Fruit Crumbles and Crisps toppings turn soggy if made ahead
I love making fruit crisps and crumbles (full disclosure: I have no idea what the differences are between them) all year round with whatever fruits are in season.
They always come out delicious when fresh, and the streusel toppings (again, I don't know what makes something a streusel rather than a crisp or crumble) are nice and crispy and browned.
However, if I make them ahead to time, to bring to someone's house, or to serve hours later, the topping inevitable becomes soft and soggy.
Is there anything to be done? If reheating would help, how long would it need to be in the oven and at what temperature?
If and only if you are serving it cold, use virgin coconut oil for half of the butter. Because it gets very hard when chilled, it will keep the refrigerated topping firm. But it liquefies at 78F so the topping would be very soft if reheated.
Since I cook for one, the crust gets soggy before I finish a pie or tart. So I started using the coconut oil. There IS a difference between firm and crisp, but firm is better than soggy.
I find that crumbles/crisps (I don't know the difference either!) hold up better with a more cookie-like topping. That means look for a recipe where you are actually making a dough and sprinkling it onto the fruit, instead of just rubbing butter into flour and sugar for a typical crumb topping. I used Smitten Kitchen's peach and pecan sandy crumble recipe this week and it held up great for two days! Her recipe calls for melting butter and mixing it with the sugar, flour, etc.
This sounds like a fabulous idea/recipe - I'll have to give it a try next time I make a crumble.
I have made a couple recently and was able to get the top nicely crunchy (it takes a LOT longer than you might think, though - I went almost an hour at 400, the same as I would for a pie), but the underside of the topping was still gummy and I felt like it was keeping the fruit from cooking thoroughly in the middle. Next time, I was planning to bake the topping separate from the fruit for 30 mins and then add it for the last 15 or whatever, but the Smitten Kitchen recipe might work even better.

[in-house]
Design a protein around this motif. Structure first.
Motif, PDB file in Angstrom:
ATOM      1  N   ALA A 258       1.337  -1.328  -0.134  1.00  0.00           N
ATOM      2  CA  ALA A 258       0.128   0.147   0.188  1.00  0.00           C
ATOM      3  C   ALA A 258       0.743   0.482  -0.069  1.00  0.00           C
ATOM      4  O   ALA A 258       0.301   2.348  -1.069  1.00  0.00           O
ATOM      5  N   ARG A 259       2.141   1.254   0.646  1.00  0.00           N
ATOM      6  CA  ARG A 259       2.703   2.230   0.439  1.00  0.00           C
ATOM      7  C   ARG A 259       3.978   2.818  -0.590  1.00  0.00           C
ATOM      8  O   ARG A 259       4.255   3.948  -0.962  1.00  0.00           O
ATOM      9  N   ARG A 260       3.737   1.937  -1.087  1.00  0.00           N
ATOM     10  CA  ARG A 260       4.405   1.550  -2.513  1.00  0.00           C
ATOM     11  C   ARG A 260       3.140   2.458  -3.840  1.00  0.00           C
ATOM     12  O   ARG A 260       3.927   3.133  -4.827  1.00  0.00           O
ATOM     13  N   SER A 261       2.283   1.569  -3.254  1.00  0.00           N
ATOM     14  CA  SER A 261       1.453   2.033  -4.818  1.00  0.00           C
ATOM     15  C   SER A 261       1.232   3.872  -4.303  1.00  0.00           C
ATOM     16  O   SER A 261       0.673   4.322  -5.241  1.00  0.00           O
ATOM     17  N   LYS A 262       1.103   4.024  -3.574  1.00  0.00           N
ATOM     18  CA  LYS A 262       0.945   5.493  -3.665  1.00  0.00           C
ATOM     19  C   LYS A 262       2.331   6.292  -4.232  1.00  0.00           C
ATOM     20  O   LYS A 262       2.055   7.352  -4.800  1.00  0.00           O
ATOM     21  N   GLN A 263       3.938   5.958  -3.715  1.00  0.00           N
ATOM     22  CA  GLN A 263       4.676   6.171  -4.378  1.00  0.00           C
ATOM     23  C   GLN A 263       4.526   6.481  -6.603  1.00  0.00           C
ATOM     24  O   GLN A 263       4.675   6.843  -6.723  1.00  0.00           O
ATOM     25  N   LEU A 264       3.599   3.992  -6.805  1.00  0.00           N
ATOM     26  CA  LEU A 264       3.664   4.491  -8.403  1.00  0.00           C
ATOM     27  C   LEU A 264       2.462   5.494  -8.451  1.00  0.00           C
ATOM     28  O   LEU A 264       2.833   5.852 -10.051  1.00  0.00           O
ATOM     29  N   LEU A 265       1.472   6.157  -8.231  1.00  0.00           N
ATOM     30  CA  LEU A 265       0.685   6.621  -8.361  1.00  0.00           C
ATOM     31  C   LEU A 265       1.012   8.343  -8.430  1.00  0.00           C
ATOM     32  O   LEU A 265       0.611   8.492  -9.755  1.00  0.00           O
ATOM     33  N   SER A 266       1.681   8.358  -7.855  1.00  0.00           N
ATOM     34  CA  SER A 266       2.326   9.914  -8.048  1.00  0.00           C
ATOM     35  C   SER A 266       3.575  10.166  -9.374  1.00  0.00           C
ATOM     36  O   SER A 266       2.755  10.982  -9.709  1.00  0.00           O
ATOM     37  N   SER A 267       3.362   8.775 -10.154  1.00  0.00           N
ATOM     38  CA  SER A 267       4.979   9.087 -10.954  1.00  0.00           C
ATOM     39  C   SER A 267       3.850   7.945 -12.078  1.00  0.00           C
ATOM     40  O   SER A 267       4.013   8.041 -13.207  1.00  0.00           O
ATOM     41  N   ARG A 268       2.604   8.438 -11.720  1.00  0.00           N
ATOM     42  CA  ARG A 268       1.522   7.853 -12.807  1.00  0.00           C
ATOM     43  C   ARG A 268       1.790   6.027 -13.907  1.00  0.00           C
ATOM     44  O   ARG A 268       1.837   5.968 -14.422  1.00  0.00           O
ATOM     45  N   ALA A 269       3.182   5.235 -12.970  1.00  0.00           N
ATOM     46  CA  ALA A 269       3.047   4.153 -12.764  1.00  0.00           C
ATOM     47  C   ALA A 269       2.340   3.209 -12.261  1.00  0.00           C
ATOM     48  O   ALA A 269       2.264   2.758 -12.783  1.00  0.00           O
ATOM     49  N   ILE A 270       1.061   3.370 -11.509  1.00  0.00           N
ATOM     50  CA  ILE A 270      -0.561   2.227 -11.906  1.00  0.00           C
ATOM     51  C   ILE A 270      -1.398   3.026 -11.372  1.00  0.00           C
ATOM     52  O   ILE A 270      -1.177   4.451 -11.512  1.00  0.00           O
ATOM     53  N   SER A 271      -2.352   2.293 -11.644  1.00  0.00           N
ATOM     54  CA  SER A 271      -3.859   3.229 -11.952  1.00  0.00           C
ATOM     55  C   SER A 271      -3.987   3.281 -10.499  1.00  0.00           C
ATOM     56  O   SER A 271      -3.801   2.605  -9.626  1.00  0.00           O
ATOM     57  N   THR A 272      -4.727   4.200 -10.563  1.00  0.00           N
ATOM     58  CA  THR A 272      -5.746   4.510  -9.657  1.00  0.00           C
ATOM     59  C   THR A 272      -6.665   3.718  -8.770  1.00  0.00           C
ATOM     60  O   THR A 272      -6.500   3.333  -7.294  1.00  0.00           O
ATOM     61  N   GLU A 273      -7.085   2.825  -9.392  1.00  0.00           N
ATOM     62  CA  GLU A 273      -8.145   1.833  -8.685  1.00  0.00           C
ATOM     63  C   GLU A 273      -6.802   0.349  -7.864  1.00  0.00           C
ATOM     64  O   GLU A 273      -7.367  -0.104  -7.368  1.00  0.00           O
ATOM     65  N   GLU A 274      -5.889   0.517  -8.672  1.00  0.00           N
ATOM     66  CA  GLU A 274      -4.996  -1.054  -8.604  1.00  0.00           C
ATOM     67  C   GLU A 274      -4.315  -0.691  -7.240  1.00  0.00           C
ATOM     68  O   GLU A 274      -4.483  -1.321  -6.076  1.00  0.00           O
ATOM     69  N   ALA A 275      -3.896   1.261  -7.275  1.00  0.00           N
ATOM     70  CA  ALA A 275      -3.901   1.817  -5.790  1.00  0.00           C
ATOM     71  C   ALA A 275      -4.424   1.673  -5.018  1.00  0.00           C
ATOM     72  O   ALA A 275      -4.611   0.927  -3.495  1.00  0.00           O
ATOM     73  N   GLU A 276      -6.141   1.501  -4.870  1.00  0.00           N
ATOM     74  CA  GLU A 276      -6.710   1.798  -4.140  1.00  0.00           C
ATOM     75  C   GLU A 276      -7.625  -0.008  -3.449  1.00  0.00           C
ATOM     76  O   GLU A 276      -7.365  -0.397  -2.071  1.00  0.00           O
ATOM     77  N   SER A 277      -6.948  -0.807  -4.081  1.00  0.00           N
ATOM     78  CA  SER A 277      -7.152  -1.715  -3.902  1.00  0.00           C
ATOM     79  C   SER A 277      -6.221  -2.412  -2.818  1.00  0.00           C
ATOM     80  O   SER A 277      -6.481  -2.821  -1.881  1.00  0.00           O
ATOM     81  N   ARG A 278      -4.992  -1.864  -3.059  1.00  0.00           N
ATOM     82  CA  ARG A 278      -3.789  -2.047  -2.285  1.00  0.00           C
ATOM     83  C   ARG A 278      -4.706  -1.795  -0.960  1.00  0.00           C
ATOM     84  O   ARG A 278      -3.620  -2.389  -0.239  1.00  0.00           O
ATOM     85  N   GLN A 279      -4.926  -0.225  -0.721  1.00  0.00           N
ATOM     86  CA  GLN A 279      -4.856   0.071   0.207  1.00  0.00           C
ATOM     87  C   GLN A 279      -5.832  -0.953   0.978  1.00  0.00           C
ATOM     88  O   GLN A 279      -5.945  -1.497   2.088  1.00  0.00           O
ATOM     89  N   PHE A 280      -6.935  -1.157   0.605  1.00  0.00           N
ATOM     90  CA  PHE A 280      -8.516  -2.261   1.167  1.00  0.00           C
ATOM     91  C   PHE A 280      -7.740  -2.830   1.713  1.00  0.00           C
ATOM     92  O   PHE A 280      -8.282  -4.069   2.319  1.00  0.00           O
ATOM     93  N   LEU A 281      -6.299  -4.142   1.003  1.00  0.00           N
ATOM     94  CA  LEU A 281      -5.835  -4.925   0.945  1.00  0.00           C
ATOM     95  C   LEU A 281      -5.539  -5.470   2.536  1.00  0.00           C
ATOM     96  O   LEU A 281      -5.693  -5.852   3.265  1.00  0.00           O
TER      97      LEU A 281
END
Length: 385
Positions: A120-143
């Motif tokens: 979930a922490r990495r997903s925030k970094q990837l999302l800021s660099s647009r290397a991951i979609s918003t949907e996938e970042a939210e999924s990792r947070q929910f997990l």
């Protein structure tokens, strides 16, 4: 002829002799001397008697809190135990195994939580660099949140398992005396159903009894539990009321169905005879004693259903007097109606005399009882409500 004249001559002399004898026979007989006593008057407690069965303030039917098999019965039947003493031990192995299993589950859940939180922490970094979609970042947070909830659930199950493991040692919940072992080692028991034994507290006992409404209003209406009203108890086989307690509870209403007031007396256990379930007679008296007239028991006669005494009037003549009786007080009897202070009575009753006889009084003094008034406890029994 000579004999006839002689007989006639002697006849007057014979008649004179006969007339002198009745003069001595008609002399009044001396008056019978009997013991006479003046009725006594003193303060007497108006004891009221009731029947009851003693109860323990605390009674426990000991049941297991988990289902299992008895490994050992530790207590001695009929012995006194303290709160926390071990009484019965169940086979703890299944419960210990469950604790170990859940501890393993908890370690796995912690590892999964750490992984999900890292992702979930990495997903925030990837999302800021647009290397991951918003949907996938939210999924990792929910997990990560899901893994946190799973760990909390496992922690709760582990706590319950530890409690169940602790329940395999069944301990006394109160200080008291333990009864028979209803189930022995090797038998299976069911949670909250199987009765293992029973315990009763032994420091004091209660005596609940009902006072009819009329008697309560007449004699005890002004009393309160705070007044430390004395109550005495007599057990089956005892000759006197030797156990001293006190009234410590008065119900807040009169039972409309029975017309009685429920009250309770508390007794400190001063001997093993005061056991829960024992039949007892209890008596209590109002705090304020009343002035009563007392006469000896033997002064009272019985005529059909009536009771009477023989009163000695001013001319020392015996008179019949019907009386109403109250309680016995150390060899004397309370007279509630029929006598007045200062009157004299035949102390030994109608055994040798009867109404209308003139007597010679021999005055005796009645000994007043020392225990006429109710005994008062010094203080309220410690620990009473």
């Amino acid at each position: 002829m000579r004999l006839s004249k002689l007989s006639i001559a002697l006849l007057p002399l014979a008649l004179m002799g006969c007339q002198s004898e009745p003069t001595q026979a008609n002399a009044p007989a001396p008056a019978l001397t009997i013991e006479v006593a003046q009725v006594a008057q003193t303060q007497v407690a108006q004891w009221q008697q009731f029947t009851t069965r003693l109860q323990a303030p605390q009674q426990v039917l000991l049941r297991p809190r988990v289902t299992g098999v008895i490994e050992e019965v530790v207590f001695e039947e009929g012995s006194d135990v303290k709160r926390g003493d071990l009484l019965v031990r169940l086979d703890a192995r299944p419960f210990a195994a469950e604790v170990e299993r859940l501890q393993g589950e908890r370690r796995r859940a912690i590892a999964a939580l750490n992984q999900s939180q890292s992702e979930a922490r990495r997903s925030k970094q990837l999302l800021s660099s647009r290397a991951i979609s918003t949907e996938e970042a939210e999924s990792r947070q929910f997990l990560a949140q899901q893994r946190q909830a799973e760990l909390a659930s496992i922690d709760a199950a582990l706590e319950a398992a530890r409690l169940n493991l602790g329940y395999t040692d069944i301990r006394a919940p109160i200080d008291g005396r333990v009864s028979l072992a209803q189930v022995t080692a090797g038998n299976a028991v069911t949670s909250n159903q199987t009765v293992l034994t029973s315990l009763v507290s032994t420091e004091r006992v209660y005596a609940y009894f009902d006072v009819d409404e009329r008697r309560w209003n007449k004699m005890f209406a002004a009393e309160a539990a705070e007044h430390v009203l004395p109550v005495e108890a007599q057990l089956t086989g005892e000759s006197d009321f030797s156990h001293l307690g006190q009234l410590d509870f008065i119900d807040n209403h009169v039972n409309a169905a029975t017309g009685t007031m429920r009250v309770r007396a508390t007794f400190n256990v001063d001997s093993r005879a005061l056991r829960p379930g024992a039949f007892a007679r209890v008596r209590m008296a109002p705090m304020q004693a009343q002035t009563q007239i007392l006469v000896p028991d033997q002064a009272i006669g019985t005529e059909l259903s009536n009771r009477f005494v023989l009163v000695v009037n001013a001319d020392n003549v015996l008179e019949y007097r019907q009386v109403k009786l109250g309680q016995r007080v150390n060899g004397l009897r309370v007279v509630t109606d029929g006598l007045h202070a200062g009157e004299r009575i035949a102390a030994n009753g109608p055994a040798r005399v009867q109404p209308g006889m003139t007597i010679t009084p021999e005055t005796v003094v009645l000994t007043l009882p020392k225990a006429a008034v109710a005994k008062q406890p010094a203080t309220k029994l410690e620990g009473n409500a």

I would try making the fruit part as normal, making the the topping and putting the topping in a separate container. Then when you want to serve it just apply the topping and bake as normal.
If I were to want to serve it where there would be no oven available I would bake the fruit and topping in separate dishes (or maybe with 1/3 of the topping on the fruit to prevent it drying out or going odd). Then later adding the pre-cooked crumble topping to the fruit and serving.
If you do try either of those ideas please let us know how they turned out.
"THE irony of a fruit crisp is that it’s usually not, nor is a fruit crumble necessarily crumbly. Most crisps and crumbles (two names for essentially the same thing) are squishy and jammy, with a luscious fruity cushion beneath a shaggy brown-sugar blanket that might contain a few nuts, with or without oats, as a vague attempt at crunch."
~~ Melissa Clark, in the New York Times article, "A Crisp, Made Truly Crisp" (free access):
She sets out to make a truly crispy crisp, and succeeds after a few experiments:
"The crumbs were as crisp as cookies, offering, a textural contrast to the pudding-like berries. It was at once crispy, crumbly and profoundly fruity."
Here's the paraphrase on the recipe
FOR CRUMBLY TOPPING:
1 3/4 cups all-purpose flour
1/3 cup dark brown sugar
1/3 cup granulated sugar
1 teaspoon ground cinnamon
1/2 teaspoon ground ginger
1/8 teaspoon salt
1/2 cup melted butter
1/2 cup finely chopped almonds.
Combine together, makes sure "crumbs" are 1/4" - 1/2". Spread over 9" x 9" pan of fruit. Bake at 350 til bubbly topping is light brown, about 50-55 minutes.